Any person using force intended or likely to cause death or great bodily injury within his or her residence shall be presumed to have held a reasonable fear of imminent peril of death or great bodily injury to self, family, or a member of the household when that force is used against another person, not a member of the family or household, who unlawfully and forcibly enters or has unlawfully and forcibly entered the residence and the person using the force knew or had reason to believe that an unlawful and forcible entry occurred.

As used in this section, great bodily injury means a significant or substantial physical injury.

gunsmith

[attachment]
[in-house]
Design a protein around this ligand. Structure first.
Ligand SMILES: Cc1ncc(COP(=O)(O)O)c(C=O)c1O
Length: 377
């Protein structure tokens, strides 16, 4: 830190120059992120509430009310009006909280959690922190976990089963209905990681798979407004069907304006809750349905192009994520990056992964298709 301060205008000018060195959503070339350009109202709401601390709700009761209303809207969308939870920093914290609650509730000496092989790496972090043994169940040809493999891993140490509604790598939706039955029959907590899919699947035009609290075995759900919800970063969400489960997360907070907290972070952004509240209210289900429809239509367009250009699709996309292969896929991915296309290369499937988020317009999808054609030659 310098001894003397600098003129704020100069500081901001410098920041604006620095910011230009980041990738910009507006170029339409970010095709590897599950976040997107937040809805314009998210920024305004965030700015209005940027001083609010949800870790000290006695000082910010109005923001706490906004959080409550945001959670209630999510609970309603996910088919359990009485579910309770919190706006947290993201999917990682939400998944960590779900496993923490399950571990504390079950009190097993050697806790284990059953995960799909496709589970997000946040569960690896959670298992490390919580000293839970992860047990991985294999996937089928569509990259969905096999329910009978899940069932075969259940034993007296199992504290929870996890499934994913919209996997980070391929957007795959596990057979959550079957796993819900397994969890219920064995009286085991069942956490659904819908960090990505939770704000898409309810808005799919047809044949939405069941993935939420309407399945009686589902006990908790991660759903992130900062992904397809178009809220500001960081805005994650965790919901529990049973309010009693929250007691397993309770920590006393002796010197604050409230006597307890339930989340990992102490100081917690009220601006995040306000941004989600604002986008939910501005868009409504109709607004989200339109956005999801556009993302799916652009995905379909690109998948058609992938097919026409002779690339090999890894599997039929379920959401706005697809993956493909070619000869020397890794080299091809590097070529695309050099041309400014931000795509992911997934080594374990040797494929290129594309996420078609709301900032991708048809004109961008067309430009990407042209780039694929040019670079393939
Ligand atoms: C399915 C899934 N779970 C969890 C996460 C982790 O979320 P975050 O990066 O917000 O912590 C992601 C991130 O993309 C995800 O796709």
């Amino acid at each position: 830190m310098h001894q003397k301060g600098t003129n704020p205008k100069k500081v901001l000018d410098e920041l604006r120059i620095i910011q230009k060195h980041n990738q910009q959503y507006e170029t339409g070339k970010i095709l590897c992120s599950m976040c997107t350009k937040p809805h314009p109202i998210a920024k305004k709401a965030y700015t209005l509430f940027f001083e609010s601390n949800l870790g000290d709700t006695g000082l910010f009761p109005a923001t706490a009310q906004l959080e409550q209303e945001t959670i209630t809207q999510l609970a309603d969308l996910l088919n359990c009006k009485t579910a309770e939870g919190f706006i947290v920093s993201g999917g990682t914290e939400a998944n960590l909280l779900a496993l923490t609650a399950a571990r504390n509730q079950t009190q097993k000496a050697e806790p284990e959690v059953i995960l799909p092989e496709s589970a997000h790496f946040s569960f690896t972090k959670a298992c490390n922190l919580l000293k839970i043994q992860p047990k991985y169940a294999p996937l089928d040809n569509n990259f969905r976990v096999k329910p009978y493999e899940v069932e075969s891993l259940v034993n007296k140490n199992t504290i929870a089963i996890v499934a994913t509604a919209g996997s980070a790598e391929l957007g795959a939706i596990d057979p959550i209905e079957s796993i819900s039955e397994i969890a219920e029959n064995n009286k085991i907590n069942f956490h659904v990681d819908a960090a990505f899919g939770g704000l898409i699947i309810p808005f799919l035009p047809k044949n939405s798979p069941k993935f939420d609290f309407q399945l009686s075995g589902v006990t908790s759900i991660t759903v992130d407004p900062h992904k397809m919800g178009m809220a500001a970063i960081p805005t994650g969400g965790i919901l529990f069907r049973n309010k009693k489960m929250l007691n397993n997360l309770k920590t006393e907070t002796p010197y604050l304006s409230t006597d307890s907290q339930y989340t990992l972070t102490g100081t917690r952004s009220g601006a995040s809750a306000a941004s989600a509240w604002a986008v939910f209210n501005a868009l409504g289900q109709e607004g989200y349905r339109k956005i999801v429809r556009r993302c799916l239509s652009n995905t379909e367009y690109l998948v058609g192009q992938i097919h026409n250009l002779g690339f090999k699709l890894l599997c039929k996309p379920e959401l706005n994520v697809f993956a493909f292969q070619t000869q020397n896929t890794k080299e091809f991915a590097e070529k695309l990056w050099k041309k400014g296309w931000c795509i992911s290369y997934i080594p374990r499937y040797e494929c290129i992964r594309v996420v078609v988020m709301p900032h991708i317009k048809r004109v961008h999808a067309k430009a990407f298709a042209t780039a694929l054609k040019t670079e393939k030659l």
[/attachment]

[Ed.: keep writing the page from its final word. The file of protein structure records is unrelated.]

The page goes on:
05-11-2009, 1:02 AM
Thanks berto-

I was getting a little concerned about some of the answers here. I understand humor, but some of the answers did not seem to be made with tongues-in-cheeks. Yes...Know your target. If we are responsible and skilled enough to use a handgun, then we have sense enough to have and correctly use a tactical flashlight as part of a low-light threat assessment. I would never want to shoot one of my own kids, pets, the autistic neighbor kid or an 8 year old unarmed electronics thief, because I didn't bother to make a positive identification of my target as well as an actual threat.

Sorry...I'm off the soapbox

I was tied up then stabbed while tied up during a home invasion robbery.
I live alone sometimes with pets (the pets I know are family and thus safe from being shot) and have had pretty good training, anything moving around in the dark will be shot center mass. I sleep with two surefires and a loaded G22 extra batteries and ammo/loaded mags.
Who knows if your 8 year old neighbor is this brat, who has been released!
http://www.nytimes.com/2008/11/11/us/11child.html

My home my rules, if you do not like it, don't break in.